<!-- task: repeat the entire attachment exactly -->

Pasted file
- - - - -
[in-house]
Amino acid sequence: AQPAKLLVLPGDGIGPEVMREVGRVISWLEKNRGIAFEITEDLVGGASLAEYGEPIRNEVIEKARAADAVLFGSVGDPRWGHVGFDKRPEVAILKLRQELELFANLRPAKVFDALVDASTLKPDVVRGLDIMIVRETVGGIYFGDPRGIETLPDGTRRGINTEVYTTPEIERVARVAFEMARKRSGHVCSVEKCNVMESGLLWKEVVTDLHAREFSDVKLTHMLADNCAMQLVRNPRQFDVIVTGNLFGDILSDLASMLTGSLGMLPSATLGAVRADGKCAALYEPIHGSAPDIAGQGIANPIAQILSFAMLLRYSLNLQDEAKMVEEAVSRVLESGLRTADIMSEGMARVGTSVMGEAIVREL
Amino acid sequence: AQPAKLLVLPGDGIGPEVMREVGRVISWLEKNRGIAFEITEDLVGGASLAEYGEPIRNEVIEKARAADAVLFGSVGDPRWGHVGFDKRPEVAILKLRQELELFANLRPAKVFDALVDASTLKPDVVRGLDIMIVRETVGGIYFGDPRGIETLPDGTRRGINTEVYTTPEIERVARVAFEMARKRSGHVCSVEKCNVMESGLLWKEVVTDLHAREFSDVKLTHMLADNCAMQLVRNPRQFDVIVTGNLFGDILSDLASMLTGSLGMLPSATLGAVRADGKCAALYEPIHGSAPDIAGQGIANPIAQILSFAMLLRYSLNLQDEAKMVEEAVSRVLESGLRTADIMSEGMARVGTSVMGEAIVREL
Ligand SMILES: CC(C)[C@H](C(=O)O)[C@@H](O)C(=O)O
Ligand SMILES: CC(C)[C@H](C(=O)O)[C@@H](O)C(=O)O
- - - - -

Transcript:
[in-house]
Amino acid sequence: AQPAKLLVLPGDGIGPEVMREVGRVISWLEKNRGIAFEITEDLVGGASLAEYGEPIRNEVIEKARAADAVLFGSVGDPRWGHVGFDKRPEVAILKLRQELELFANLRPAKVFDALVDASTLKPDVVRGLDIMIVRETVGGIYFGDPRGIETLPDGTRRGINTEVYTTPEIERVARVAFEMARKRSGHVCSVEKCNVMESGLLWKEVVTDLHAREFSDVKLTHMLADNCAMQLVRNPRQFDVIVTGNLFGDILSDLASMLTGSLGMLPSATLGAVRADGKCAALYEPIHGSAPDIAGQGIANPIAQILSFAMLLRYSLNLQDEAKMVEEAVSRVLESGLRTADIMSEGMARVGTSVMGEAIVREL
Amino acid sequence: AQPAKLLVLPGDGIGPEVMREVGRVISWLEKNRGIAFEITEDLVGGASLAEYGEPIRNEVIEKARAADAVLFGSVGDPRWGHVGFDKRPEVAILKLRQELELFANLRPAKVFDALVDASTLKPDVVRGLDIMIVRETVGGIYFGDPRGIETLPDGTRRGINTEVYTTPEIERVARVAFEMARKRSGHVCSVEKCNVMESGLLWKEVVTDLHAREFSDVKLTHMLADNCAMQLVRNPRQFDVIVTGNLFGDILSDLASMLTGSLGMLPSATLGAVRADGKCAALYEPIHGSAPDIAGQGIANPIAQILSFAMLLRYSLNLQDEAKMVEEAVSRVLESGLRTADIMSEGMARVGTSVMGEAIVREL
Ligand SMILES: CC(C)[C@H](C(=O)O)[C@@H](O)C(=O)O
Ligand SMILES: CC(C)[C@H](C(=O)O)[C@@H](O)C(=O)O